Volunteers throughout the county are being called on to help clear snow and ice from Derbyshire’s roads and pavements this winter.
Derbyshire County Council would like to hear from residents and farmers willing to help keep their communities safe when bad weather hits.
Town and parish councils and other community groups are being asked to rally local people to join the council’s Snow Warden Scheme.
Each council or group will get a free delivery of up to a tonne of bagged grit, be given training and advice on how to clear snow and ice safely and be kept up-to-date with specialist weather reports.
Farmers and others with ploughing or gritting equipment are also being asked to work as contractors to help keep their local roads on the move from October to next April.
Anyone taken on as a contractor will get £200 for signing up plus get extra payments for call outs.
Snow wardens get involved in:
• clearing snow and ice from their community’s pavements
• reporting local weather conditions through the council’s website
• co-ordinating volunteers to clear snow and distribute grit
• reporting empty grit bins.
Farmers and contractors need to:
• provide their own equipment
• be available to work 7am to 7pm, seven days a week – although extra help may be requested if conditions are particularly severe
• arrange appropriate insurance
• be able to respond to a call out within 90 minutes.
Councillor Simon Spencer, Derbyshire County Council’s Cabinet Member for Highways, Transport and Infrastructure, said: “While it may seem early to be preparing for winter, especially with our recent stretch of warmer weather, the reality is it’s not far off. We have to start planning now to make sure we have the right resources in place so we are ready when colder conditions arrive.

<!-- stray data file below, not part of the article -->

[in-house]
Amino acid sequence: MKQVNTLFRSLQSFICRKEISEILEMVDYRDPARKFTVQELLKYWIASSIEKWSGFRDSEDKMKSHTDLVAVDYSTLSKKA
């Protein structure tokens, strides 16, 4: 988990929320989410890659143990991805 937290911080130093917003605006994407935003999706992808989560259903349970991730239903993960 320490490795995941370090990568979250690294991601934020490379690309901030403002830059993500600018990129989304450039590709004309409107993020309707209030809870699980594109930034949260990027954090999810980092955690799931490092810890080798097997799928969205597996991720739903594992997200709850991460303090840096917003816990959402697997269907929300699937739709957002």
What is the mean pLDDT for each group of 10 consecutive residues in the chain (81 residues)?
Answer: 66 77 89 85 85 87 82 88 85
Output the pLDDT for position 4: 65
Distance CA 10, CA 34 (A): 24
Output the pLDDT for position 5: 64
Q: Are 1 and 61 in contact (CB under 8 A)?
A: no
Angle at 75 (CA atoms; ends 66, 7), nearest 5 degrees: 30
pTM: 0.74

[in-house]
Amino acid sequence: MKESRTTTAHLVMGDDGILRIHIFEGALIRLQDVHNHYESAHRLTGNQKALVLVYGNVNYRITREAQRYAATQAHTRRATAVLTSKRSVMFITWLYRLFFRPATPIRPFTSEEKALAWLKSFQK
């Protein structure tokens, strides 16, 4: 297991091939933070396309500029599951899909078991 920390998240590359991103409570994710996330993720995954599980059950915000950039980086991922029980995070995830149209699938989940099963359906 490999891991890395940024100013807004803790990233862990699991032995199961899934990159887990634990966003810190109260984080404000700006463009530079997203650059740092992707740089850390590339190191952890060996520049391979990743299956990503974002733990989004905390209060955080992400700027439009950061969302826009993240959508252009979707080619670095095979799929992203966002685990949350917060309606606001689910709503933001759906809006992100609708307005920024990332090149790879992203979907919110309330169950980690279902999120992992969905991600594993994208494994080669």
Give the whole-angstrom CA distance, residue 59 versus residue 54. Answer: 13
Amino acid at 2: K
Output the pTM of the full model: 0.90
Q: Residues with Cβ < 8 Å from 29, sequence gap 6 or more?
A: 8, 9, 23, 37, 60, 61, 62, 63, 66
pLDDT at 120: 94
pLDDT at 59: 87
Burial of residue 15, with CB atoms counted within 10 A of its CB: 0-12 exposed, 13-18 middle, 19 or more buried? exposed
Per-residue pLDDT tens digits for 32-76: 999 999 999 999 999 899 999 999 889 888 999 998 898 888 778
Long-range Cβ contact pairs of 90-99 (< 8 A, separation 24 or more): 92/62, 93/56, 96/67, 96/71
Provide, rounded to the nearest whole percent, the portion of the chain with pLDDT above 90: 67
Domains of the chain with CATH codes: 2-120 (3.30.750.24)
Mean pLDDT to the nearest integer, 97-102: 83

“We look after around 3,500 miles of roads and pavements and grit around half of them. These include our major roads, routes where there is only one way in or out of an area, major bus routes and roads serving emergency services’ bases. But we can’t be everywhere, which is why our volunteers and contractors are a vital resource, particularly in our more rural communities.”
Councillor Spencer added: “We need people to sign up so we can make sure they have any materials and training they need, and while it’s never too late to join up I’d encourage anyone who’d like to volunteer to get in touch as soon as possible.”
Last year 62 town and parish councils helped clear snow and ice from pavements and footpaths along with 52 farmers and contractors helping protect their local communities.
Staff at 72 schools county schools also volunteered to clear snow and ice from outside their school gates to help make it safer for students to get inside school grounds.